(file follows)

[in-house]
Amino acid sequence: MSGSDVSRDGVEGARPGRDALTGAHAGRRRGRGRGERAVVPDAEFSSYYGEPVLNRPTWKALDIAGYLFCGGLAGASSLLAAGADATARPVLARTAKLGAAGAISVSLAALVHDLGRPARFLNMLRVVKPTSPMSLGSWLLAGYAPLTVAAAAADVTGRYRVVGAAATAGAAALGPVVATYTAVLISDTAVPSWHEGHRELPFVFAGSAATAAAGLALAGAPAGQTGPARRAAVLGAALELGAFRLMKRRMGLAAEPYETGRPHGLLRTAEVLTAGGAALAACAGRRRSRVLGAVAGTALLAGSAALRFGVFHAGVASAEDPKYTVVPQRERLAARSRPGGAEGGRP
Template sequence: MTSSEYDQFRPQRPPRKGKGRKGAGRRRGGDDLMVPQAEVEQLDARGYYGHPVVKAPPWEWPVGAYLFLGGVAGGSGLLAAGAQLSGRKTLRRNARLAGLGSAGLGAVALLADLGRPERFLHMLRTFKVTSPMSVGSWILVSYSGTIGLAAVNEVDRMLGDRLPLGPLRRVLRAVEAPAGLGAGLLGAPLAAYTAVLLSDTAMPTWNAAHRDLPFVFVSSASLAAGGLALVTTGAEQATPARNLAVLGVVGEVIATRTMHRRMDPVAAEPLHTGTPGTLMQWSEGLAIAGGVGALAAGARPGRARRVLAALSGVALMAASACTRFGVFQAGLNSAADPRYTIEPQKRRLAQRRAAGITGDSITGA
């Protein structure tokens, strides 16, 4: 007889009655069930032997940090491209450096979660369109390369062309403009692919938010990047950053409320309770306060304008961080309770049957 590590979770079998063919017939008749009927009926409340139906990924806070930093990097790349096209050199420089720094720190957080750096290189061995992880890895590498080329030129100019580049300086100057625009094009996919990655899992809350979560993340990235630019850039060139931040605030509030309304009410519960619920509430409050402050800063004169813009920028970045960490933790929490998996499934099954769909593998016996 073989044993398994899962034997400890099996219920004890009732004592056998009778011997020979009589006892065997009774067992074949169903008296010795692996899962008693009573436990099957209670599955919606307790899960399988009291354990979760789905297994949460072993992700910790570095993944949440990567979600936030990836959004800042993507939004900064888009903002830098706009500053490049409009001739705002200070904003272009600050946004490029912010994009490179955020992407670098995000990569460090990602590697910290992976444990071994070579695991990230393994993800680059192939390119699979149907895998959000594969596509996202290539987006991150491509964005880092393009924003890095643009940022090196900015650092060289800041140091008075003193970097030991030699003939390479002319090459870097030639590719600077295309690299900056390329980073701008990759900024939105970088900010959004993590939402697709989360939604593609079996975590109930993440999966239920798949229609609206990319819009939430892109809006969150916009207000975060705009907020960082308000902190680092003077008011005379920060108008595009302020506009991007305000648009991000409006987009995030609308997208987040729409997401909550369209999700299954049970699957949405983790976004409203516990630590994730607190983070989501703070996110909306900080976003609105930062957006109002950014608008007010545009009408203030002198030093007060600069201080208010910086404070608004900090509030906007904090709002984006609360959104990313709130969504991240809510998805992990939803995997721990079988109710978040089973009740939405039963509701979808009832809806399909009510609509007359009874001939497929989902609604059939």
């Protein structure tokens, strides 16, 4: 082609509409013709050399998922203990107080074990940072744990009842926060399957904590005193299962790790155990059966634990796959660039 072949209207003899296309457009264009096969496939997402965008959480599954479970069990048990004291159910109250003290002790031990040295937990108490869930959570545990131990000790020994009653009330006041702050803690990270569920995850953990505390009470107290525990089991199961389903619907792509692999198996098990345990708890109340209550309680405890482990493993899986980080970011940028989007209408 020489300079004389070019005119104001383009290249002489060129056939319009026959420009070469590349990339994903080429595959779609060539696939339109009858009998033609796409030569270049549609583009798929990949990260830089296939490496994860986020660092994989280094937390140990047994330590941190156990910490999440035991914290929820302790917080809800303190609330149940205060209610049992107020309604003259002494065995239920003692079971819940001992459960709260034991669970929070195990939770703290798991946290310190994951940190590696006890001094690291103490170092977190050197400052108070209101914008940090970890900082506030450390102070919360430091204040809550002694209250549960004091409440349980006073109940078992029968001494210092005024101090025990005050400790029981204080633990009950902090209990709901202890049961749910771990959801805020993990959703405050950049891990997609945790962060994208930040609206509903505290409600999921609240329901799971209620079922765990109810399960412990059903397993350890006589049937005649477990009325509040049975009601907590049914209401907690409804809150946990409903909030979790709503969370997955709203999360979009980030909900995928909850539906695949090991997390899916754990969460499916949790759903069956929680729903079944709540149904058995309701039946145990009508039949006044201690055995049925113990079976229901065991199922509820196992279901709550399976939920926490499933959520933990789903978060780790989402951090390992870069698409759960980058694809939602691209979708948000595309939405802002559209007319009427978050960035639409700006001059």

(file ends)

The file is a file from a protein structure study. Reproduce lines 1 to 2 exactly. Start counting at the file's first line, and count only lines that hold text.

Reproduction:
[in-house]
Amino acid sequence: MSGSDVSRDGVEGARPGRDALTGAHAGRRRGRGRGERAVVPDAEFSSYYGEPVLNRPTWKALDIAGYLFCGGLAGASSLLAAGADATARPVLARTAKLGAAGAISVSLAALVHDLGRPARFLNMLRVVKPTSPMSLGSWLLAGYAPLTVAAAAADVTGRYRVVGAAATAGAAALGPVVATYTAVLISDTAVPSWHEGHRELPFVFAGSAATAAAGLALAGAPAGQTGPARRAAVLGAALELGAFRLMKRRMGLAAEPYETGRPHGLLRTAEVLTAGGAALAACAGRRRSRVLGAVAGTALLAGSAALRFGVFHAGVASAEDPKYTVVPQRERLAARSRPGGAEGGRP